Tuesday, October 30, 2007


Consider not “who” said it, but rather “what” is being said. This is one of the brilliant dictums of Imam ‘Ali (‘a)- the cousin and son-in-law of Prophet Muhammad (peace be upon him). Despite its brevity in encapsulates the key to access the vast treasures of knowledge. It literally unlocks the prejudice of so many people, and emancipates them from the dungeon of partial judgment.


  1. 'Abd al-Qadir Jilani, a Sunni Sufi, said exactly the opposite: 'The source from which this word is received has to be purified and cleansed of everything other than Allah, and whoever receives it should have the ability to differentiate between the words of one with a purified heart and those pronounced by the tongue of the common man. The receiver should also be aware of the way in which the word is pronounced, for words that sound the same way may mean totally different things. It is impossible that the word coming from a pure source be the same as the word coming from elsewhere'. (The Secret of Secrets, p.32) Can both statements be true?

  2. In the Name of Allah, the All-Beneficent, the All-Merciful
    There is no contradiction. The contexts rather are different. First of all let us understand the following before we explain the ambiguity of contradiction between Imam 'Ali ('a) and Abdul Qadir Jilani: Almighty Allah has availed us with an intellect to sift between right and wrong and truth and falsehood. This is so clear that everyone with a sound conscience approves. However, our abilities of distinction are limited, and thus there is need of guidance from those whom Allah appoints as His Messengers. When anyone tells us of something that is within the framework of our understanding, we are able to understand and judge what he said. If , for example, he were to say, "act justly, organize yourself according to your priorities, treat others with kindness, think before you speak, don't steal, identify your goal in life, etc." we would not say that let us first find out who is speaking, so that we know whether his words are correct or not. Al-Tirmidhi narrates from Abu Hurayra who narrates from the Holy Prophet (s): "A word of wisdom is the lost property of a believer, so WHEREVER he finds it, he is worthy of it." [Sunan al-Tirmidhi, vol.4, p. 155]. The Sunni scholar al-Suyuti mentions the same tradition in his Jaami' al-Saghir [v.2, p.302]. And al-Muttaqi al-Hindi in his voluminous collation Kanz al-‘Ummal also mentions a similar tradition with a slight difference saying, "The word of wisdom is a lost property of a believer, WHEREVER he finds it, he should take it". [v.10, p. 148; v.16, p.112]. There are many other references, but I would suffice with the aforesaid. In short, this clearly tells us that WHEREVER you find the word of wisdom, you are worthy of it. So take it. It also indirectly informs us that when you only find the WORD OF WISDOM is when you should take it, thus alluding to the fact that a sound human being can have the ability to decipher and know what a word of wisdom is.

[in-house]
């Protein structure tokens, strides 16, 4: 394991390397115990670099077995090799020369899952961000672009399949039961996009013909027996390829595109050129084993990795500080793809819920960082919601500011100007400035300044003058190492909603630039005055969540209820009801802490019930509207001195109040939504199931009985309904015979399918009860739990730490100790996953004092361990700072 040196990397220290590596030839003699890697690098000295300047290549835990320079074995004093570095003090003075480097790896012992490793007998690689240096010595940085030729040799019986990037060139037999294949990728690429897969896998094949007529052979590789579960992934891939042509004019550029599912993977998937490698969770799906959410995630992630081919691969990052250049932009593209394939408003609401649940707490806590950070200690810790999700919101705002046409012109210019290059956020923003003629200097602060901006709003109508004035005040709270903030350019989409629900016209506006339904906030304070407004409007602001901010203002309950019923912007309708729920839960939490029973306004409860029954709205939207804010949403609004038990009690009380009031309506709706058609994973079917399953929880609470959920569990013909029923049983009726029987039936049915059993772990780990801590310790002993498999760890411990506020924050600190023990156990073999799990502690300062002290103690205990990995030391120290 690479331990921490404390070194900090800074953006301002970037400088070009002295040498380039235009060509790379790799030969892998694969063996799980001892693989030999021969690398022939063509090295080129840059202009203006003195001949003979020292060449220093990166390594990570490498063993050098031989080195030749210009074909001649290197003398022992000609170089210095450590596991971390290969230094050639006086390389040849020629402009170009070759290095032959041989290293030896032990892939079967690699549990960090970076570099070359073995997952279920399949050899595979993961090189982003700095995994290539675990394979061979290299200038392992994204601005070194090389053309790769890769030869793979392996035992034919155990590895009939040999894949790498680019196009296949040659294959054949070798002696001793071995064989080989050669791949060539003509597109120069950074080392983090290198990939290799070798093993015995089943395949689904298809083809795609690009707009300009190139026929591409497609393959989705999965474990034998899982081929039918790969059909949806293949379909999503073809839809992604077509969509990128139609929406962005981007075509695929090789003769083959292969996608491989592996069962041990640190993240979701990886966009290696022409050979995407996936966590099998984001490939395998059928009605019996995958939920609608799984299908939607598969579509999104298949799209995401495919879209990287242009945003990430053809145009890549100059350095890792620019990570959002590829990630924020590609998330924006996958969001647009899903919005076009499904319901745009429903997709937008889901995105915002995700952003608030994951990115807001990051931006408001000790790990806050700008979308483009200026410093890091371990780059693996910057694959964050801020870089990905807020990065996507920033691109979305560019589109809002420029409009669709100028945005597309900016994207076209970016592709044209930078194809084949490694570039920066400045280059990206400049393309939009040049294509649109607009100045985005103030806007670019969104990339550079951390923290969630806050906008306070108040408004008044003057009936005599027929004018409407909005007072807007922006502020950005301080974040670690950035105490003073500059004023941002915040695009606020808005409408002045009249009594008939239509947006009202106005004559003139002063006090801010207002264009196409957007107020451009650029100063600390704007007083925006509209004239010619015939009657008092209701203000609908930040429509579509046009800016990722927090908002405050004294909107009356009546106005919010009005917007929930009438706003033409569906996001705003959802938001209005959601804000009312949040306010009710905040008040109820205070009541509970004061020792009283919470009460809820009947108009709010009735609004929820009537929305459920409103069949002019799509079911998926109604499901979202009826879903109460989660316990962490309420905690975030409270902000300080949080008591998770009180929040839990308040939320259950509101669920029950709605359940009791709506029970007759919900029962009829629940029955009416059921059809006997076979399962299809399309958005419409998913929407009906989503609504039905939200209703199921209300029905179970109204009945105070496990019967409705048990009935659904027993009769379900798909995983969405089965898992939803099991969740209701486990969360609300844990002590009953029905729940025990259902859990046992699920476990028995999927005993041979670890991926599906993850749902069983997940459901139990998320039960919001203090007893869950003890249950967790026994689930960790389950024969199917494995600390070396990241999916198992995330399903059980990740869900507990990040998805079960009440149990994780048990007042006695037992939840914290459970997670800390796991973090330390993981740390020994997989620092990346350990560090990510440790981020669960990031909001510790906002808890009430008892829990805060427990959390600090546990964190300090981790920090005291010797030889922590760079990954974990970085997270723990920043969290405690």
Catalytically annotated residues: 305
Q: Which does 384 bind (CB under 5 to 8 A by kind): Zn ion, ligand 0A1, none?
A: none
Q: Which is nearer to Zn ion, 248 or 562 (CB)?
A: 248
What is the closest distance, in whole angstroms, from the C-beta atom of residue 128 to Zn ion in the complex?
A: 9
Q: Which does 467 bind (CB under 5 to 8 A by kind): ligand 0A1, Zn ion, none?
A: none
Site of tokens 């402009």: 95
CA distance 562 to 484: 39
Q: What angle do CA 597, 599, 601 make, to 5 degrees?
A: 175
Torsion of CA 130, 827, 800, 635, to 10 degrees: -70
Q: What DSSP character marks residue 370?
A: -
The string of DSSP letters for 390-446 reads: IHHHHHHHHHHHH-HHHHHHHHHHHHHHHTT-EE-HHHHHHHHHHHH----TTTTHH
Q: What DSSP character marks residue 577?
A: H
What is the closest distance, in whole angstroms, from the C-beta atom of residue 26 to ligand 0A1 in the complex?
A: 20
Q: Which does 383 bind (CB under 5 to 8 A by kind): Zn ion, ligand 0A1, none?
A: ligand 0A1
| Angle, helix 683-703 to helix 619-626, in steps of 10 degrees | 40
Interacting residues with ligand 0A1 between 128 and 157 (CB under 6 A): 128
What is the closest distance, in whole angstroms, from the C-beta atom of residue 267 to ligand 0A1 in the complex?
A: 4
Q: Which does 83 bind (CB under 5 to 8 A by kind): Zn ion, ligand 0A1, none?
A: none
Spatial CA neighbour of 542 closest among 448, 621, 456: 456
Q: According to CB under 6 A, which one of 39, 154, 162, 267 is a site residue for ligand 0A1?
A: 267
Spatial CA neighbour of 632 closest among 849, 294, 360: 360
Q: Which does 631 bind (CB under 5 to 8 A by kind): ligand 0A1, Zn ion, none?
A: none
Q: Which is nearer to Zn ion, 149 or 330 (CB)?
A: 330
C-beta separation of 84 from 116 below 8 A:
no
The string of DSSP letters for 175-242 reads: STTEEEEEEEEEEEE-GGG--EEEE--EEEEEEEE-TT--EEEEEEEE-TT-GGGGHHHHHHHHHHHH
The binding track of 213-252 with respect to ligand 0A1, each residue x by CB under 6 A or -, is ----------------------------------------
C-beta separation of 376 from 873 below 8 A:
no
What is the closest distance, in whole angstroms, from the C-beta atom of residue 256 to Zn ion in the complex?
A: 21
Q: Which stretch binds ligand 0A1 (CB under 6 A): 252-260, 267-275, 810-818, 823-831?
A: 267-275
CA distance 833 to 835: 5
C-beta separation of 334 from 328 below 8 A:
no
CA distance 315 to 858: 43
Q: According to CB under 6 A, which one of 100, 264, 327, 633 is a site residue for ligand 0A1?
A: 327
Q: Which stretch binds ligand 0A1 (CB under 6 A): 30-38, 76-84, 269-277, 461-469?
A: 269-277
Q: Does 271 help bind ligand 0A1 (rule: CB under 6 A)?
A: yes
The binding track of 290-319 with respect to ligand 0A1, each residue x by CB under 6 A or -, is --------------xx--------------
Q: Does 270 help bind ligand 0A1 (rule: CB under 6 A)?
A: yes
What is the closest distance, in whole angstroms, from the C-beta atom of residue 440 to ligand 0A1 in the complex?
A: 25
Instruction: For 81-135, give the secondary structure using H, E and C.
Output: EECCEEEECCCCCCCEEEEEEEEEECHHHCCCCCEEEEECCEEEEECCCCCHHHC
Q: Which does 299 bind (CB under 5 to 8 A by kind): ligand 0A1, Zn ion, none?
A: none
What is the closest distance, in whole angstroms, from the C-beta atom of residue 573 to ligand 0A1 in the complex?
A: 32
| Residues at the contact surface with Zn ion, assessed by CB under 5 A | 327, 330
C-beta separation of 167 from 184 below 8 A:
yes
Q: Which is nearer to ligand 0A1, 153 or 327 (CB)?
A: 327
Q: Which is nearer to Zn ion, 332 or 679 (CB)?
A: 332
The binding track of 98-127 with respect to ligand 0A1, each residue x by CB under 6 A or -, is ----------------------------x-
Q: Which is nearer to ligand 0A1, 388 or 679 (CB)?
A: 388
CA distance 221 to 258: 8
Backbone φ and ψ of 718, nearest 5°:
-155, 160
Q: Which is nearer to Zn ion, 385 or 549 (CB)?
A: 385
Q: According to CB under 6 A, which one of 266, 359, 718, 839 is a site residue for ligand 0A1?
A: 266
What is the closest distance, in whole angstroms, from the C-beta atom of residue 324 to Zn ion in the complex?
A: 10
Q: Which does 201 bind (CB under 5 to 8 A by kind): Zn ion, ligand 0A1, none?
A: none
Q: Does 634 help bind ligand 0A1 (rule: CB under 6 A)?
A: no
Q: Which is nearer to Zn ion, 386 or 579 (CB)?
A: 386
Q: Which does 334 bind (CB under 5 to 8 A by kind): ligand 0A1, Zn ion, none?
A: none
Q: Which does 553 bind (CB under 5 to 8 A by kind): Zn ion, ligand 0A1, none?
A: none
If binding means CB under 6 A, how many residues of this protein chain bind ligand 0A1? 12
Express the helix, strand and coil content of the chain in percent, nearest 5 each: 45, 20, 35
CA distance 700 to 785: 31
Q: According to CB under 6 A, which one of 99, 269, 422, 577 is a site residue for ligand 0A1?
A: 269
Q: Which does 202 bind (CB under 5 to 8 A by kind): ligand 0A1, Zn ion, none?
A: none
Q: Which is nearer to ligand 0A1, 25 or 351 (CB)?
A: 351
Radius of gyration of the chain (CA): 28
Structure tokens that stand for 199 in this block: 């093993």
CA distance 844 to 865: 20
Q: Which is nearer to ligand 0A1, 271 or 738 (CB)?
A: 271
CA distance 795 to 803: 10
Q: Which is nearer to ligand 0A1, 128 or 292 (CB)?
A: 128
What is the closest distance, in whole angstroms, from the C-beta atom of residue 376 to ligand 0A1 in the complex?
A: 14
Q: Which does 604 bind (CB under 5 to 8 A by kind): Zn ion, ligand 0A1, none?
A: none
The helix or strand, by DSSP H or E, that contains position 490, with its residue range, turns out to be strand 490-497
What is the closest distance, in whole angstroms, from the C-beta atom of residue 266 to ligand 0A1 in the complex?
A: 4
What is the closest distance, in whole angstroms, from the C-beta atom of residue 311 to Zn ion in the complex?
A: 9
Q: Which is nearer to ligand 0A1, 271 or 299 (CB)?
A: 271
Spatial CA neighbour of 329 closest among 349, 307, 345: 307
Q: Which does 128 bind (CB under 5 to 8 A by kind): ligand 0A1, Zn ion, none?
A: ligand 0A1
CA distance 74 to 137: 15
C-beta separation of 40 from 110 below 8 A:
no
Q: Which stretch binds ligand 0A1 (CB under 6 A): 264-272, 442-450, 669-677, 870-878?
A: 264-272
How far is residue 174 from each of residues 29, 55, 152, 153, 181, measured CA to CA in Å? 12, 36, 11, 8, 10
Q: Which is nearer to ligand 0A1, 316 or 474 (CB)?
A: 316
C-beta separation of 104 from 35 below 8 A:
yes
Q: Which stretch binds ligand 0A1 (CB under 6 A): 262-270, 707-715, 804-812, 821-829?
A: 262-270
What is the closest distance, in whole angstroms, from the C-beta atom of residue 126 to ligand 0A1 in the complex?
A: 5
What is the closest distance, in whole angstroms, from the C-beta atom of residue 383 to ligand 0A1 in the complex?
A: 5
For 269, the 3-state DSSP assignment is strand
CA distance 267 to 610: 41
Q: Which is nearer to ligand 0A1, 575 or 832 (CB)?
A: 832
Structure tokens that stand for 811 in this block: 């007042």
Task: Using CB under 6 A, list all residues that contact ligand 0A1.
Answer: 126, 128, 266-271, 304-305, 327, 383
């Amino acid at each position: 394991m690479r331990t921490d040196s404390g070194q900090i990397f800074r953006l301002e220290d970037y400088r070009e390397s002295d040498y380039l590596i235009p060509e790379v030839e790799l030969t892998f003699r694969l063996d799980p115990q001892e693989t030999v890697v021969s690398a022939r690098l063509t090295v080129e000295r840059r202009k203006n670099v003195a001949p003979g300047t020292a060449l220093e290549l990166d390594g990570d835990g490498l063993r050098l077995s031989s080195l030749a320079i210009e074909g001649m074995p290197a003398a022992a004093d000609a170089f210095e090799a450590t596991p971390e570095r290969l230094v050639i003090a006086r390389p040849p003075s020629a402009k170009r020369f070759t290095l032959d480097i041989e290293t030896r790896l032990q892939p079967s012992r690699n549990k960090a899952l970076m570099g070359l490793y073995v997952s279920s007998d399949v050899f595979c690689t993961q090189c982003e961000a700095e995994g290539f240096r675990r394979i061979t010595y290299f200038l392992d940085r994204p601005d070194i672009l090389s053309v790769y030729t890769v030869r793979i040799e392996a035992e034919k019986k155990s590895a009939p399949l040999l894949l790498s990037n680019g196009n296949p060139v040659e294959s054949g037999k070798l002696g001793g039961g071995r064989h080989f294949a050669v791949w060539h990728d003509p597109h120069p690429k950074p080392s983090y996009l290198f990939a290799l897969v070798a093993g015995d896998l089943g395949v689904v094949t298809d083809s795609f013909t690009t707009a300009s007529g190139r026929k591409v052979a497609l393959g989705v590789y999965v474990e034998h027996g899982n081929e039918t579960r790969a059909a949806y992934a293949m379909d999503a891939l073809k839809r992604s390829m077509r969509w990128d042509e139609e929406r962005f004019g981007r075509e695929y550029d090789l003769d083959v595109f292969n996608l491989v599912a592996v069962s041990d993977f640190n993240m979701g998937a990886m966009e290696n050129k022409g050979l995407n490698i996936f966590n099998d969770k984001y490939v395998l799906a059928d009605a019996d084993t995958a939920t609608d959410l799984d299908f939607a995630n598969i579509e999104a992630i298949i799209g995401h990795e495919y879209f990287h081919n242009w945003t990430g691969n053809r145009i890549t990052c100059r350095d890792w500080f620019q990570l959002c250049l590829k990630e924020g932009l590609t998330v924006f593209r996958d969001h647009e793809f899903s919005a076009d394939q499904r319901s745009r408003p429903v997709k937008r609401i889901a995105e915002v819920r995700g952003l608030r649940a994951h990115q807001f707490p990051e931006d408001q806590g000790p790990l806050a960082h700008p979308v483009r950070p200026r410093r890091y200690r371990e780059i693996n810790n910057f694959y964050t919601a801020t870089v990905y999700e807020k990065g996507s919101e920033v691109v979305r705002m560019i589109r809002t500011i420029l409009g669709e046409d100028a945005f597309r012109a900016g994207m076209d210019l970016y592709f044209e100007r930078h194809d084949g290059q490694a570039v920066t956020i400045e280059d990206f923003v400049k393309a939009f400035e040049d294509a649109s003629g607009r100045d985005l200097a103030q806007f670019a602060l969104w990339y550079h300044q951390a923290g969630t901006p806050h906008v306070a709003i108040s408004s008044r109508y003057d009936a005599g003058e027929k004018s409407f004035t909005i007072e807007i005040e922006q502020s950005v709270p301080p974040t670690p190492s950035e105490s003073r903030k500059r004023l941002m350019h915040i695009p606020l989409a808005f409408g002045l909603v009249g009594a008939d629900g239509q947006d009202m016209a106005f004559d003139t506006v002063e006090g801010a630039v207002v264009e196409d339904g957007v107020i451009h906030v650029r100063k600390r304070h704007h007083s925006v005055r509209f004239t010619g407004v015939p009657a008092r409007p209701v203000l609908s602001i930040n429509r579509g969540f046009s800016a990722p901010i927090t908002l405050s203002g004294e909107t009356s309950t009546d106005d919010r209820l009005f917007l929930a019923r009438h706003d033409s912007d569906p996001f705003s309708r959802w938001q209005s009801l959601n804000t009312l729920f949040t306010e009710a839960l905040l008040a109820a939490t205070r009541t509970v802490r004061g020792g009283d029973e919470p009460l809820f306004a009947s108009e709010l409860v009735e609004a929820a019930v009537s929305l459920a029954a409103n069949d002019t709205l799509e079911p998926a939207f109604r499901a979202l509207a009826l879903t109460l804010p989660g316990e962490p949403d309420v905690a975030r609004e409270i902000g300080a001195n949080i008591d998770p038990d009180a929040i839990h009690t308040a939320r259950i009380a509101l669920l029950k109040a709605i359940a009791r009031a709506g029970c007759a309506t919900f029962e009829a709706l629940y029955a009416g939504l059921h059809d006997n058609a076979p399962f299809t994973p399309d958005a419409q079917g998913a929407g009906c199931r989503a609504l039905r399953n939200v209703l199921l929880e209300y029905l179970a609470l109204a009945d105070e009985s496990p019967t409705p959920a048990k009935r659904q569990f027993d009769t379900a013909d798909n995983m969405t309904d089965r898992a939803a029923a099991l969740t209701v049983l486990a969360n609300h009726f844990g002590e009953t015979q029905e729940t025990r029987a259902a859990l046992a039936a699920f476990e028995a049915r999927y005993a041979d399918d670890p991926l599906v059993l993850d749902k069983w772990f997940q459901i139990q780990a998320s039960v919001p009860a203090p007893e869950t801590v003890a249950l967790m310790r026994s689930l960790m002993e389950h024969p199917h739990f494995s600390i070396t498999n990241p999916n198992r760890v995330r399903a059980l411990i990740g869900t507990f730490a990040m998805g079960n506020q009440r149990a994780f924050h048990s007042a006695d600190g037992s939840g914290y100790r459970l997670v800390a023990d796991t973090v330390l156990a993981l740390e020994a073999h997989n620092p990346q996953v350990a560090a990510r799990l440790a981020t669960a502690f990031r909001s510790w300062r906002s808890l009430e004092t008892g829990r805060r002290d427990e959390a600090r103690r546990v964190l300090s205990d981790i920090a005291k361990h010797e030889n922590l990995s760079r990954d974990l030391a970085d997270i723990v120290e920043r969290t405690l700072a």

Now to summarize Jilani's statement:

    1) Source of the word must be pure
    2) Receiver of the word also must be pure [to differentiate between the word of a common man and the word of one with purified heart]
    3) Receiver should be knowledgeable about the way the word is pronounced
    4) It is impossible that the word coming from a pure source be the same as the word coming from elsewhere.

    If by word, he meant Divine Revelation then he has a point: The source who is Allah and His Angels are Immaculate and pure, and the receptacle who is Prophet Muhammad (s) is also pure and can differentiate between the word of a common man and the word of a purified heart.

    However, if by word he meant "any word or speech" then there are two kinds of words:

    1. Words of guidance, which the common intellect is able to comprehend independently. Here the source of the word is not an issue.
    2. Words of guidance, which the intellect cannot independently comprehend. Here the source of the word must be considered.

    Imam 'Ali bin Abi Talib alludes to the first kind of "words of guidance" and not the "second" for which a pure and immaculate personality is required.

    Also Jilani's statement "It is impossible that the word coming from a pure source be the same as the word coming from elsewhere." perhaps alludes to the fact that the words of belief that comes out of a pure person is quite different from the words of belief that come out from a non-believer.

    However remember a non-believer sometimes can speak of wisdom that every common mind assents. The leaders of corruption in today's world speak of "planning, organization, independence, justice, brotherhood, fraternity, helping the poor, empowering the destitute, etc". All these are words of wisdom many of which they do not believe. But I as a Muslim should not discard them saying "it did not come out from a pure heart". If the Western Atheists come up with wise solutions to many problems of material life [which if properly used is a blessing of Allah and a means to self-purification], should we discard them, and wait for the same from one who has a pure heart?